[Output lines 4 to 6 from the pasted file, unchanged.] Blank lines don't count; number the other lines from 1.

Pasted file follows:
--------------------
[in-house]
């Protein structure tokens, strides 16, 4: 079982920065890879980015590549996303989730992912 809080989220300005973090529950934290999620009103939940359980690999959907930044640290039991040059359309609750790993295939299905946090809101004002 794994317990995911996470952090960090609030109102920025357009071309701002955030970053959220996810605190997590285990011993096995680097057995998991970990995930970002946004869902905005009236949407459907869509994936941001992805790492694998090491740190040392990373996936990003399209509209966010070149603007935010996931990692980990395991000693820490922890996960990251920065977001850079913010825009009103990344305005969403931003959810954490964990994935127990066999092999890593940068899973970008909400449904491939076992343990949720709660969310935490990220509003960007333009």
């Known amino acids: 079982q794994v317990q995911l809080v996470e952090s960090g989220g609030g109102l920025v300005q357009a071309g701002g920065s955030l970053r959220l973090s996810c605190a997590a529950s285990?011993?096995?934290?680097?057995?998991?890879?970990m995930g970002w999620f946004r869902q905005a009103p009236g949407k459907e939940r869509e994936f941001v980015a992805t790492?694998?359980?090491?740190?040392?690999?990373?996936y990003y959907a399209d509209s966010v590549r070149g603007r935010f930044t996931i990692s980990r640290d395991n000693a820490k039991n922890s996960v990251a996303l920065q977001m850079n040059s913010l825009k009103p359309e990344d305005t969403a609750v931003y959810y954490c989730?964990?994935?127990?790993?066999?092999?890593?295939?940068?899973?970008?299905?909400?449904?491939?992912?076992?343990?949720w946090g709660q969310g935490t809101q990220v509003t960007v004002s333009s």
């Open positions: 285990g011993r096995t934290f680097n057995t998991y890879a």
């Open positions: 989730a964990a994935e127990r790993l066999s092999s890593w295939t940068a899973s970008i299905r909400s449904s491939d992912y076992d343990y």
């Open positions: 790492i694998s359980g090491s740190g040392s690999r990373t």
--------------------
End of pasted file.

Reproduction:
């Open positions: 285990g011993r096995t934290f680097n057995t998991y890879a």
């Open positions: 989730a964990a994935e127990r790993l066999s092999s890593w295939t940068a899973s970008i299905r909400s449904s491939d992912y076992d343990y």
């Open positions: 790492i694998s359980g090491s740190g040392s690999r990373t």